In 2002, Tyronn Lue had no idea what was to come

The three-time NBA champion discusses his humble beginnings over 10 years ago

Las Vegas bets on everything. So if there is a way to bet on which Cleveland Cavalier receives the loudest ovation at Wednesday’s championship parade, chances are LeBron James is the safest wager. The second, though? It should be head coach Tyronn Lue.

Credit Lue as much as James for instilling a championship mentality in an organization that, before this week, was more used to the concept of being the league’s underdog, not top dog. The running theme around Lue’s presence and philosophy all season has been his ability to relate to players, which is, in many ways, as important as X’s and O’s. Need proof? Look no further than how James responded after the rookie head coach pulled his card following a midseason blowout in Miami. From that moment until the final buzzer sounded on the championship game on Sunday, James cut off cruise control and locked all the way in.

Fourteen years ago, when he was a teammate of Michael Jordan with the Washington Wizards (and James was a senior in high school), Lue’s ability to relate not only to his teammates, but the community at large, was on display. In vintage footage, documentarian and youth mentor Curtis Mozie caught up with Lue, then 25, at the Capital Area Food Bank in Washington, D.C. He opened up on the all-too-common theme of escaping the streets that many NBA players share.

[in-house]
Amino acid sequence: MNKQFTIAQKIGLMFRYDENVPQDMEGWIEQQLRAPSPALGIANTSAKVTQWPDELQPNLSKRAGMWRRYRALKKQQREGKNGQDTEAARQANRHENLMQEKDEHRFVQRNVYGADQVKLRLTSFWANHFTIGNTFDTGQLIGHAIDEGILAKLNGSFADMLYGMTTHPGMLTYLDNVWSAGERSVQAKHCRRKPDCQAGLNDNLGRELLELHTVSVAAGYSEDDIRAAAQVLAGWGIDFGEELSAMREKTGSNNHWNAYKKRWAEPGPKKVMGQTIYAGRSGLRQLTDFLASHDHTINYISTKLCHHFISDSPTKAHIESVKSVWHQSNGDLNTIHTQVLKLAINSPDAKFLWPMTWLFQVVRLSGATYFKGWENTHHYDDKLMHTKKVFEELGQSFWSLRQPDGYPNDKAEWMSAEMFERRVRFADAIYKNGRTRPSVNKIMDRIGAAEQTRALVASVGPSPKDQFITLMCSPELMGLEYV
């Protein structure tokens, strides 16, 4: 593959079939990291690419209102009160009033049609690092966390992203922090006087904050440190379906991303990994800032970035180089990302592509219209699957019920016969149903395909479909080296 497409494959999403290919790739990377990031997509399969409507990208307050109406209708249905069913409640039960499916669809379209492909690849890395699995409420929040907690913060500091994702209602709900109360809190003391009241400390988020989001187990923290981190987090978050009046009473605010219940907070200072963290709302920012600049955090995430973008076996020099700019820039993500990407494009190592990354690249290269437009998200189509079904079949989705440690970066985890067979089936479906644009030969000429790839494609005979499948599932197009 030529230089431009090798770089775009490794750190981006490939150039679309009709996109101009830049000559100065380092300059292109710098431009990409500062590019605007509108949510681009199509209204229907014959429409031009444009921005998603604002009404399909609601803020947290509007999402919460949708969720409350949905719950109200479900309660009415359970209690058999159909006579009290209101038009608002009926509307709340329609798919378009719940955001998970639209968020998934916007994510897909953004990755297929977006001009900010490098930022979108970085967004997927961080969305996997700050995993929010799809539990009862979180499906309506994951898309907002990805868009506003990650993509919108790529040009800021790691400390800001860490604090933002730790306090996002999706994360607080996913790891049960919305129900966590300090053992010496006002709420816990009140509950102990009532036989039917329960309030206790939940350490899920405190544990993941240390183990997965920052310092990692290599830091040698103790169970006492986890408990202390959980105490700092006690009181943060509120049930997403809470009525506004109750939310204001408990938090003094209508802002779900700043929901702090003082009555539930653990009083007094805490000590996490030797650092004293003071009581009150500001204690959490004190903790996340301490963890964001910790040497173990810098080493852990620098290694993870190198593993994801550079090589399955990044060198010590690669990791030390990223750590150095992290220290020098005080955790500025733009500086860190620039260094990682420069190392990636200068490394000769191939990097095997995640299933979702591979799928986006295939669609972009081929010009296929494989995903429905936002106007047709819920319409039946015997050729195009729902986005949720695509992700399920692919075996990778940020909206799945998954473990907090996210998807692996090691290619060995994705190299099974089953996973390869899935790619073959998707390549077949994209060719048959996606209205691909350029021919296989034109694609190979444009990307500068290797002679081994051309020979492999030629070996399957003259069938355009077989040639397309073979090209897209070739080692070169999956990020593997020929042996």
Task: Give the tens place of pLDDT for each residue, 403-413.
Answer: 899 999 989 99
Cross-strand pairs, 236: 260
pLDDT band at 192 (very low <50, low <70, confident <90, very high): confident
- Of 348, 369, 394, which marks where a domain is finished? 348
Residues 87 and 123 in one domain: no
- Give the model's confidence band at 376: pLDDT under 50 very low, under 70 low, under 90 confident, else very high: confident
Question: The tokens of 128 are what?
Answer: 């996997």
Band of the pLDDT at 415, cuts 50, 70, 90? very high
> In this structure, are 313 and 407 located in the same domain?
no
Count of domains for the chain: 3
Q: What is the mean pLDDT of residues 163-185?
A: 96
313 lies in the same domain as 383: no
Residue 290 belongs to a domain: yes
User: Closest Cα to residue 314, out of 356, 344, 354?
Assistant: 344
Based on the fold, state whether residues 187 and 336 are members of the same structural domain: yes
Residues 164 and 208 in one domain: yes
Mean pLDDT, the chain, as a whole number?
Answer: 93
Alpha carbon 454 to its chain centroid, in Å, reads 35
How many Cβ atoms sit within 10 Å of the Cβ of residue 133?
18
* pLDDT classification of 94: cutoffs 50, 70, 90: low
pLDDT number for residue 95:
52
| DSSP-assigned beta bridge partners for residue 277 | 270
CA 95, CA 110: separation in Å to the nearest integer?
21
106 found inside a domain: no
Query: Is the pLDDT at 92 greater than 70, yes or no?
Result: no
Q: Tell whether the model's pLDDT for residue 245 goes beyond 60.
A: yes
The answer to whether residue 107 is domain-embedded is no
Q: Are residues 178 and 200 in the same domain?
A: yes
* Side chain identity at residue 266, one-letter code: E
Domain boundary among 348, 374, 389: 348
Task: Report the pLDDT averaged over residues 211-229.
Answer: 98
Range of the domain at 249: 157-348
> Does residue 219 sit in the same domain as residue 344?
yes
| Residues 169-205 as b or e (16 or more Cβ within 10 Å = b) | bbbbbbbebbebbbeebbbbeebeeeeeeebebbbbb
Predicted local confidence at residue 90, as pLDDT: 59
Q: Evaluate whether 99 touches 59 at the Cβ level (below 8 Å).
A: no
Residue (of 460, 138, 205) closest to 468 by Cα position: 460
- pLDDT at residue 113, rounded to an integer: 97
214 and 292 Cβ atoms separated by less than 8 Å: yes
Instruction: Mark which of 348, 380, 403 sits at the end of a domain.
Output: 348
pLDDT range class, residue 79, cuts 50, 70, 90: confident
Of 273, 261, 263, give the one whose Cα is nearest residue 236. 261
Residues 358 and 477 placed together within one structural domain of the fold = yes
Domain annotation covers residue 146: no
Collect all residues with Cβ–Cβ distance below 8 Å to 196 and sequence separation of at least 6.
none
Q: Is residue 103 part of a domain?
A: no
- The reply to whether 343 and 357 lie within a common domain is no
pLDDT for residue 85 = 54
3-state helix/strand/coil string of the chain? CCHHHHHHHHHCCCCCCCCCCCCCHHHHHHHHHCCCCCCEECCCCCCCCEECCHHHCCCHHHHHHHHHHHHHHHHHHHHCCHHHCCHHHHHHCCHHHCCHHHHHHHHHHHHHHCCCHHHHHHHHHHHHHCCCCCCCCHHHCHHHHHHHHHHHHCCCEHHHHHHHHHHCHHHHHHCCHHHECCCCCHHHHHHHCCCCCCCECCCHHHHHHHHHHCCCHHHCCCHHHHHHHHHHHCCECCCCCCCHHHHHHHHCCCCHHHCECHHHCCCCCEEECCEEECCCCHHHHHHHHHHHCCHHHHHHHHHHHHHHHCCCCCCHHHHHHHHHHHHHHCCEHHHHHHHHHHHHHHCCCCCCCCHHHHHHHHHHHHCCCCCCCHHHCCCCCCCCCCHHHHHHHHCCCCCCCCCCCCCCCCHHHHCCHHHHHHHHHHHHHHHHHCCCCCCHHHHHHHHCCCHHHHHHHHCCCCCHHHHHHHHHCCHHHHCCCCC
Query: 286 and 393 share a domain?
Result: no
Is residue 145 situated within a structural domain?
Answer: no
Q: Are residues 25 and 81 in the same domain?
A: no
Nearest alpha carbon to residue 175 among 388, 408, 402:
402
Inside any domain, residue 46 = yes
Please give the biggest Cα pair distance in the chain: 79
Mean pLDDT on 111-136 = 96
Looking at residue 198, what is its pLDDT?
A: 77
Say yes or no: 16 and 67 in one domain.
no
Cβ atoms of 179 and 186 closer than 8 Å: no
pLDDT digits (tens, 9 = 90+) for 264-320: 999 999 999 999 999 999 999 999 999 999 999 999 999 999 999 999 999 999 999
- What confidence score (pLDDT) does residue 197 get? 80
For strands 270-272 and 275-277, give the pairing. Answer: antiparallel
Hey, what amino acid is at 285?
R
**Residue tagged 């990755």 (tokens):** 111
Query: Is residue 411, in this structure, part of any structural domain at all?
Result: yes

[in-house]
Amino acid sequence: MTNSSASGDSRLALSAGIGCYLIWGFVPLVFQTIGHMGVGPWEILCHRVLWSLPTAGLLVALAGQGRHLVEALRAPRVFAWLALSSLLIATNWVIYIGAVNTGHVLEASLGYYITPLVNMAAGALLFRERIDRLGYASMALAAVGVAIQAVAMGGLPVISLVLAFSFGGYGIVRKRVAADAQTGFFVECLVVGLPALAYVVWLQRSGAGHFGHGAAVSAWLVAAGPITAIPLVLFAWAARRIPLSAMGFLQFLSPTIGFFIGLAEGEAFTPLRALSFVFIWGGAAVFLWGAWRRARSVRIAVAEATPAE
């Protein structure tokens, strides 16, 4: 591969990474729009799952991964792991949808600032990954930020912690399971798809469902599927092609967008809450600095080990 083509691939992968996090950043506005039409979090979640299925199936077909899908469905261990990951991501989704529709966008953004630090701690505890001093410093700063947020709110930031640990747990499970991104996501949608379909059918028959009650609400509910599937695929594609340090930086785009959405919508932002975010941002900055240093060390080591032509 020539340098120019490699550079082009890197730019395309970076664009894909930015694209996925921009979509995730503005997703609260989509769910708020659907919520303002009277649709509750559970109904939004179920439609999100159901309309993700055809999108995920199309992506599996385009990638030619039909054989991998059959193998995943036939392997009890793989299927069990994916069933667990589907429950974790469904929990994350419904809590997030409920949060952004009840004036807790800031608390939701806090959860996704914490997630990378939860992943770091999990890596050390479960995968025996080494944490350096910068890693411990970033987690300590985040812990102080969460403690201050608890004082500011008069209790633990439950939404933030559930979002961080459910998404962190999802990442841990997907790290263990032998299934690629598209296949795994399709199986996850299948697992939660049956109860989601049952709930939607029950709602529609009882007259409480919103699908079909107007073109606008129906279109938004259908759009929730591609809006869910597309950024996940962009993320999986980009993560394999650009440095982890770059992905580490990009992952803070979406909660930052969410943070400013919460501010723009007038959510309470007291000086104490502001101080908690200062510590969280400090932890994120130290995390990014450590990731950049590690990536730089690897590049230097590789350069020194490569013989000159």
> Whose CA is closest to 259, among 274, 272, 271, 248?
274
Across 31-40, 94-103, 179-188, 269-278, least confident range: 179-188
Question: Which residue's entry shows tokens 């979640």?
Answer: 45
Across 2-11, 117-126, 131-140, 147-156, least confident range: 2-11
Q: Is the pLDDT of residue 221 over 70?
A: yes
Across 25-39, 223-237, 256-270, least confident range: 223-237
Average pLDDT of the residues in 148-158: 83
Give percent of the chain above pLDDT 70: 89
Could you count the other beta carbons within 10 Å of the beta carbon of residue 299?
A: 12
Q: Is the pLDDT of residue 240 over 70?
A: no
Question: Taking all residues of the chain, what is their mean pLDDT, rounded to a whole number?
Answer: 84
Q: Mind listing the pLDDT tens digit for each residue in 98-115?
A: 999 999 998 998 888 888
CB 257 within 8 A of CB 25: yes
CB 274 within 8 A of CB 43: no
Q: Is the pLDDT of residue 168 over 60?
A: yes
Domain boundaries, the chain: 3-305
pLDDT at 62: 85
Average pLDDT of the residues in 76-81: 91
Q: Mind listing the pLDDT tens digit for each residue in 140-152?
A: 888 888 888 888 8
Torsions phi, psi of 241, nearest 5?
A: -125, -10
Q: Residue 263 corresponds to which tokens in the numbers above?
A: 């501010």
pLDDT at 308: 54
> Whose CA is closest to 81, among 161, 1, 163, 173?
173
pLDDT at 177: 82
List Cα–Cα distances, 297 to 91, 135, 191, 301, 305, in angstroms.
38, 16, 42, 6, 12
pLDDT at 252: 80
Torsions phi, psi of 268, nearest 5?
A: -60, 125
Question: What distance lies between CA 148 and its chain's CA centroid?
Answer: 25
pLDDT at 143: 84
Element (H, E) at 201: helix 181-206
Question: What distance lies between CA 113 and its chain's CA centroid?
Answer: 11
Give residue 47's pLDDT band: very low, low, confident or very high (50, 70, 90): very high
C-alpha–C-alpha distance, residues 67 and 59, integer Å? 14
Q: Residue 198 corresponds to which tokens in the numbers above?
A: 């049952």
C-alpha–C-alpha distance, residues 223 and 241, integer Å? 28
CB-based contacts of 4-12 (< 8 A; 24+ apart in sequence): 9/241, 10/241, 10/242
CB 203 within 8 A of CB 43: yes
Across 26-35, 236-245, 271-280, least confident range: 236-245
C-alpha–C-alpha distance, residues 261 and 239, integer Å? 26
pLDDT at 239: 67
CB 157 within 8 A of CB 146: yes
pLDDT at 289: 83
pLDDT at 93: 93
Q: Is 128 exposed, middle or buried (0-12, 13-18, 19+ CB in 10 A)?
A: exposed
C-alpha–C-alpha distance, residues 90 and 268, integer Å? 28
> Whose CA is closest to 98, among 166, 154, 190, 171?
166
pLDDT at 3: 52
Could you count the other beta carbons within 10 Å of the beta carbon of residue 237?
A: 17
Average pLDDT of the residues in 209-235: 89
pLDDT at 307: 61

“Eighty-five percent of the guys that’s in the NBA been through this lifestyle,” said Lue, already a two-time NBA champion with the Shaquille O’Neal- and Kobe Bryant-era Los Angeles Lakers. “It’s nothing new to us. It’s why so many of us give to the community. We know what everyday life is in the ‘hood.”

Life didn’t always include championship parades for Lue, who in this clip attended an event thrown by the nonprofit, Bread for the City, which handed out free turkeys for Thanksgiving. As he got older, his circle got smaller — perhaps by choice, but also by life being a constant reminder that it has never been and never will be fair. Friends lose their lives to violence and/or incarceration. But the future championship coach envisioned a world beyond the environment that raised him. Lue dedicated his message to “1512,” Mozie’s apartment number. His place operated as a safe house where gang members could discuss real-life problems and express real-life emotions they couldn’t on the streets.

Asked how it felt to be a champion, however, Lue simply said it felt “great.” Circling back to Las Vegas and bets? Let’s just say put the house on him saying a few more words than that on Thursday.